“In the theology of the restored church of Jesus Christ, the purpose of mortal life is to prepare us to realize our destiny as sons and daughters of God—to become like Him. … The Bible describes mortals as ‘the children of God’ and as ‘heirs of God, and joint-heirs with Christ’ (Rom. 8:16–17). It also declares that ‘we suffer with him, that we may be also glorified together’ (Rom. 8:17) and that ‘when he shall appear, we shall be like him’ (1 Jn. 3:2). We take these Bible teachings literally. We believe that the purpose of mortal life is to acquire a physical body and, through the atonement of Jesus Christ and by obedience to the laws and ordinances of the gospel, to qualify for the glorified, resurrected celestial state that is called exaltation or eternal life. … (This destiny of eternal life or God’s life should be familiar to all who have studied the ancient Christian doctrine of and belief in deification or apotheosis.) …
“… Our theology begins with heavenly parents. Our highest aspiration is to be like them. Under the merciful plan of the Father, all of this is possible through the atonement of the Only Begotten of the Father, our Lord and Savior, Jesus Christ” (“Apostasy and Restoration,” Ensign, May 1995, 86–87).
(Note: You may need to explain that deification and apotheosis refer to the idea that a person can become a god or be elevated to divine status.)
Discuss students’ answers to the question on the board. Then ask:
What thoughts do you have as you consider that Heavenly Father’s plan gives you the opportunity to become like Him?
Why is the Atonement of Christ necessary for us to become like God?
To further this discussion, review the following statement with your students:
“Latter-day Saints understand the magnitude of the Atonement of Christ in terms of the vast human potential it makes possible. Christ’s Atonement not only provides forgiveness from sin and victory over death, it also redeems imperfect relationships, heals the spiritual wounds that stifle growth, and strengthens and enables individuals to develop the attributes of Christ [see Alma 7:11–12]. Latter-day Saints believe that it is only through the Atonement of Jesus Christ that we can have a sure hope of eternal glory and that the power of His Atonement is fully accessed only by faith in Jesus Christ, repentance, baptism, receiving the gift of the Holy Ghost, and enduring to the end in following the instruction and example of Christ [see 2 Nephi 31:20; Articles of Faith 1:4]. Thus, those who become like God and enter into a fulness of His glory are described as people who have been ‘made perfect through Jesus the mediator of the new covenant, who wrought out this perfect atonement through the shedding of his own blood’ [D&C 76:69]” [Gospel Topics, “Becoming Like God,” lds.org/topics).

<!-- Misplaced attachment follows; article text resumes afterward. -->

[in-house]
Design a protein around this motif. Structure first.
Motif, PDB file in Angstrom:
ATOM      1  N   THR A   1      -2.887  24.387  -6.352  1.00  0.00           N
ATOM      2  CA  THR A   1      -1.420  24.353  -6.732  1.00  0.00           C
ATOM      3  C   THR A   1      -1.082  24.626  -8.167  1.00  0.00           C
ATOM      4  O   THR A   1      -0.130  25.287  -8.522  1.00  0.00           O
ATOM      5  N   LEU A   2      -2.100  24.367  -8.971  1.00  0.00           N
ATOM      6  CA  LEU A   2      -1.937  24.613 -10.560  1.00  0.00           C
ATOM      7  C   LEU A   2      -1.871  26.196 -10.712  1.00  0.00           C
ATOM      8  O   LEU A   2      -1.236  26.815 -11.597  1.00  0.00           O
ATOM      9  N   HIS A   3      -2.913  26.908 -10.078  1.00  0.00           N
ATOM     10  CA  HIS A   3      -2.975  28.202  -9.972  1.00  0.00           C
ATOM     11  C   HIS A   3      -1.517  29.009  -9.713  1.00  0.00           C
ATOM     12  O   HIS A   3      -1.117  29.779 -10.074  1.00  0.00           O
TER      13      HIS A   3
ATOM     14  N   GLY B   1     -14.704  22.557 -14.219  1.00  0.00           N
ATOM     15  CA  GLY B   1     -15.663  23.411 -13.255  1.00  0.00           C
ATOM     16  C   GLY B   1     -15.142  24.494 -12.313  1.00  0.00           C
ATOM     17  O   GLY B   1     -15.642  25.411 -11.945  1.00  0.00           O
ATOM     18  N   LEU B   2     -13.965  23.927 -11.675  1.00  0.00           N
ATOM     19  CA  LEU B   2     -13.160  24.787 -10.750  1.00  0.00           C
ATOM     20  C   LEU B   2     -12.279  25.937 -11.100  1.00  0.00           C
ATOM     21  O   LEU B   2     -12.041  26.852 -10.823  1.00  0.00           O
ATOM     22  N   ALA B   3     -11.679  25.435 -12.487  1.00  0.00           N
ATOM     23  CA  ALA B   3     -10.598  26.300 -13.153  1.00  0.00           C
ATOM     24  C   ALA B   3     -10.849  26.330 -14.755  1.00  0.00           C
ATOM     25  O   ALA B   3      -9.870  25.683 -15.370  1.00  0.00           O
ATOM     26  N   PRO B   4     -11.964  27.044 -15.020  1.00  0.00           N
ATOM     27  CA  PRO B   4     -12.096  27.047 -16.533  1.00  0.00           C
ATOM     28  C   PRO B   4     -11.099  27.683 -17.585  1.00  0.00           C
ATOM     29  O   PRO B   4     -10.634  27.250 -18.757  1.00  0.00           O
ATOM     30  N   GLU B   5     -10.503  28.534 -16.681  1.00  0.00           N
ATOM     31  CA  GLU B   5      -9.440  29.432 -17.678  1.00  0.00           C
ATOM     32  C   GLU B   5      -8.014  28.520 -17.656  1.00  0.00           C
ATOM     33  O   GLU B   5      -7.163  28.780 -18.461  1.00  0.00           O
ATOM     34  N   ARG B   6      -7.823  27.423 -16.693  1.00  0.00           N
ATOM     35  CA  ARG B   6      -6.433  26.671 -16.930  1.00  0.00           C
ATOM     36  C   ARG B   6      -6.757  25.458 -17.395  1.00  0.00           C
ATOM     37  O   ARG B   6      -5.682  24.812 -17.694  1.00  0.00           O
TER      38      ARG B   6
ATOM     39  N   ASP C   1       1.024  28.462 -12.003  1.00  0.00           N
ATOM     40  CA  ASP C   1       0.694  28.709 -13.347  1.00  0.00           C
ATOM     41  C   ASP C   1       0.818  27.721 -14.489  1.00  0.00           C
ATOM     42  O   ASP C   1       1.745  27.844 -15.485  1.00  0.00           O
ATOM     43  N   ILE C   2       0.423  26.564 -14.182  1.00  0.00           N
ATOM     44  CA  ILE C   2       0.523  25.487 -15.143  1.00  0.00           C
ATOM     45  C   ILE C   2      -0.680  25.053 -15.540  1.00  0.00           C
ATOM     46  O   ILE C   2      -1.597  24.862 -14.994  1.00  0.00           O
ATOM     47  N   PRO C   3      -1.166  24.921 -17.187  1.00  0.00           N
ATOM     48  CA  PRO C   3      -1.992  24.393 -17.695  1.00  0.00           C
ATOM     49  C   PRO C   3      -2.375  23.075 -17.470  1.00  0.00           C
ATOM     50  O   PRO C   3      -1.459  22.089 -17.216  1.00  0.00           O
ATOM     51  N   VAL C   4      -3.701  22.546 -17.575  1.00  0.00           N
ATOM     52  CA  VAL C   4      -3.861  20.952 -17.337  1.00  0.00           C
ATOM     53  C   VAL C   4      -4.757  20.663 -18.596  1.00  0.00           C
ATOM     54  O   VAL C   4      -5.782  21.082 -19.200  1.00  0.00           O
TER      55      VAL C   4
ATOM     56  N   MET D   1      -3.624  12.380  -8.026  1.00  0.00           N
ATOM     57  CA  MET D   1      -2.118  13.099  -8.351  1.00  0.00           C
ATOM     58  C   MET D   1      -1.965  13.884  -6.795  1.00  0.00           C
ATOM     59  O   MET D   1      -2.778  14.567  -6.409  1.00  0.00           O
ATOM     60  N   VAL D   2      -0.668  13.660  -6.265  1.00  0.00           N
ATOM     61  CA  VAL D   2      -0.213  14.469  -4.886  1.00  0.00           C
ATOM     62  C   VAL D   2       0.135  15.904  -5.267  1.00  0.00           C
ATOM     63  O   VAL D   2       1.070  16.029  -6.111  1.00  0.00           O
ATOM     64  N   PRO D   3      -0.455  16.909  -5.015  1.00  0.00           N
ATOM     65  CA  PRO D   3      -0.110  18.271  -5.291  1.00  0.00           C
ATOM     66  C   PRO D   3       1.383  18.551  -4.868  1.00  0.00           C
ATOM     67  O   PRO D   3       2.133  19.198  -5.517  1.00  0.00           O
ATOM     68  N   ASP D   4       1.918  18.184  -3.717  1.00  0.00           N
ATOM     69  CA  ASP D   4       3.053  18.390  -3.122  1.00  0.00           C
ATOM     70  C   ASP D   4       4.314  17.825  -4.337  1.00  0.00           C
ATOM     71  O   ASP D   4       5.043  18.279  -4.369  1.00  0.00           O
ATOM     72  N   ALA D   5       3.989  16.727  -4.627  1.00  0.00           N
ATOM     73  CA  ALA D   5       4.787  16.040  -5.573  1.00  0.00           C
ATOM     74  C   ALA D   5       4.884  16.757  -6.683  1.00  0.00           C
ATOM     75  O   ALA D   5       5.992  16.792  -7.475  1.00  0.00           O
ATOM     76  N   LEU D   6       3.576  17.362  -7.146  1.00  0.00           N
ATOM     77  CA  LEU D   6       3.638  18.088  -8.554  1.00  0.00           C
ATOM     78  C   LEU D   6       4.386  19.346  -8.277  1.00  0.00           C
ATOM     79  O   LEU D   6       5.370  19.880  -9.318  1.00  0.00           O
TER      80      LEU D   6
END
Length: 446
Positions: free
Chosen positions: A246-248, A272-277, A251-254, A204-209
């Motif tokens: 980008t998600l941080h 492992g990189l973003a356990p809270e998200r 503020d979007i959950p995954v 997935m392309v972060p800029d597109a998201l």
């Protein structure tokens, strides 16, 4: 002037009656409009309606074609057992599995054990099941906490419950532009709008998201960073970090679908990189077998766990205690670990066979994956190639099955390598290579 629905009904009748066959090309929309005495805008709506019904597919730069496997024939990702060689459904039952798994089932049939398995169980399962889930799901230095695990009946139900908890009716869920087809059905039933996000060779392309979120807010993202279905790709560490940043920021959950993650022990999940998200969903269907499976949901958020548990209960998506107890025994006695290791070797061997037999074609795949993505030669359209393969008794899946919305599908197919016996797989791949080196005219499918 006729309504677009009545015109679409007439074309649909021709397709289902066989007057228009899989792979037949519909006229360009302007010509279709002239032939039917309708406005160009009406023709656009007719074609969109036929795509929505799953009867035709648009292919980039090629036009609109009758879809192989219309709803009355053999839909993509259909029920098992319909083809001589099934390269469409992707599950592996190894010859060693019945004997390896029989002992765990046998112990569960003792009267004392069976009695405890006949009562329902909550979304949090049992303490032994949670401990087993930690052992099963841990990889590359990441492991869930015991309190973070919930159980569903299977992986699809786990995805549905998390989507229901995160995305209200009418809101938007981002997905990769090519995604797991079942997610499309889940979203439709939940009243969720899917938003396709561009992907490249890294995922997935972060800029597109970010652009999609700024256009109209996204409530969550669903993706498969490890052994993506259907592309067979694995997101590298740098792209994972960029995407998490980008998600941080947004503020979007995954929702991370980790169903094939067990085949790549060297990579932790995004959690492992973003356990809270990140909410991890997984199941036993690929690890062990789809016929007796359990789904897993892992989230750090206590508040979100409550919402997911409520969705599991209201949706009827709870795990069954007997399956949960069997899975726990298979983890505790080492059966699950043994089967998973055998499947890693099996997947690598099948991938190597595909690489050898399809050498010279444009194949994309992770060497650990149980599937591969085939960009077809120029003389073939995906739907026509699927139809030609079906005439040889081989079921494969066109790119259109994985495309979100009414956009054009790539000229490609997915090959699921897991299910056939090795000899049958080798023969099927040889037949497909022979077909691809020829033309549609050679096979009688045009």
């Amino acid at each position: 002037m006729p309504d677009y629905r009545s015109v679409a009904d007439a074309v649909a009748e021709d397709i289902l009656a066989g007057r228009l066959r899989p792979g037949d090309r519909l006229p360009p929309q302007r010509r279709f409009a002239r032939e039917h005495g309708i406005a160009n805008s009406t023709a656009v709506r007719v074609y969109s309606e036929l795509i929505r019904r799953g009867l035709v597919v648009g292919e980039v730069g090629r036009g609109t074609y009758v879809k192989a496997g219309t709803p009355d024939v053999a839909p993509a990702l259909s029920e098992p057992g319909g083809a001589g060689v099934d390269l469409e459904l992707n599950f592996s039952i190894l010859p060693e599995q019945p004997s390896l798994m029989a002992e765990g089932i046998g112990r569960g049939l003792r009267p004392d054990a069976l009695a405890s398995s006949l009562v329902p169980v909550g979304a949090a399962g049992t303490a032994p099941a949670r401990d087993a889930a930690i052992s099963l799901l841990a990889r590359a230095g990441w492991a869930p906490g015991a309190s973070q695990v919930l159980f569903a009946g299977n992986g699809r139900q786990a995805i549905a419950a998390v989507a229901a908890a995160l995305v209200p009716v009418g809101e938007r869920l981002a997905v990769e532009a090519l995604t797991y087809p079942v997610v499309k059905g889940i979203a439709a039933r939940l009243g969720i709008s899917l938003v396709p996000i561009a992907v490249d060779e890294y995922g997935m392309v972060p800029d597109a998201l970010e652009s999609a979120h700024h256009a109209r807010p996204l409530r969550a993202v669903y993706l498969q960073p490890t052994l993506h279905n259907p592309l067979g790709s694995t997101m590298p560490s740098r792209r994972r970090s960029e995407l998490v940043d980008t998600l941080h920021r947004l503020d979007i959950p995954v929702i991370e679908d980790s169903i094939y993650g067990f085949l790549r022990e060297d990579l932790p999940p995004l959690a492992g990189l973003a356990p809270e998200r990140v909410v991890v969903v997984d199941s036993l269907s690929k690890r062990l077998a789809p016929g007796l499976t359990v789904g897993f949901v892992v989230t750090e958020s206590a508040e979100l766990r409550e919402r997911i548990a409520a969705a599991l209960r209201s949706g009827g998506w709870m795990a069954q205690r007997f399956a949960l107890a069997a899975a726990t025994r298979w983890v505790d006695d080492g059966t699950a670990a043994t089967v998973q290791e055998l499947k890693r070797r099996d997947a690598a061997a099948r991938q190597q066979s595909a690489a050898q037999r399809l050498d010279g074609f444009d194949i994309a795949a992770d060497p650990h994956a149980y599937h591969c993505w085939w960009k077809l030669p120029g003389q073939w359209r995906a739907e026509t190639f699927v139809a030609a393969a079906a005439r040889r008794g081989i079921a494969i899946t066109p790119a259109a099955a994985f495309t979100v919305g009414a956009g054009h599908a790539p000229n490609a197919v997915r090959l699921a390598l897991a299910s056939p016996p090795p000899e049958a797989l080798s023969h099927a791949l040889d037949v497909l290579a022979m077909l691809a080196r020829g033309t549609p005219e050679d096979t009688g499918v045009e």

Distribute copies of the following statement by President Dieter F. Uchtdorf of the First Presidency. Invite students to read the statement and mark ideas that give them hope that they can reach their divine potential. Point out that President Uchtdorf gave this address at a priesthood session of general conference, but the ideas apply to everyone:
“One title that defines all of us in the most fundamental way is son [or daughter] of Heavenly Father. No matter what else we are or do in life, we must never forget that we are God’s literal spirit children. We were His children before we came to this world, and we will be His children forevermore. This basic truth should change the way we look at ourselves, our brothers and sisters, and life itself. …
“It can be discouraging at times to know what it means to be a [child] of God and yet come up short. The adversary likes to take advantage of these feelings. Satan would rather that you define yourself by your sins instead of your divine potential. Brethren, don’t listen to him.
“We have all seen a toddler learn to walk. He takes a small step and totters. He falls. Do we scold such an attempt? Of course not. What father would punish a toddler for stumbling? We encourage, we applaud, and we praise because with every small step, the child is becoming more like his parents.
“Now, brethren, compared to the perfection of God, we mortals are scarcely more than awkward, faltering toddlers. But our loving Heavenly Father wants us to become more like Him, and, dear brethren, that should be our eternal goal too. God understands that we get there not in an instant but by taking one step at a time” (“Four Titles,” Ensign or Liahona, May 2013, 58).
How can remembering these eternal truths help you to reach your divine potential?
How might remembering these truths affect the way you treat members of your family?
How might your knowledge of these truths affect your desire to research information about your deceased family members and perform temple ordinances for them?
Encourage students to share what they have learned and felt during this lesson with a family member or friend during the coming week. They might also consider what they could do each day to consciously remember that they are children of Heavenly Father and to plan to record in a journal how remembering this sacred truth affects their actions.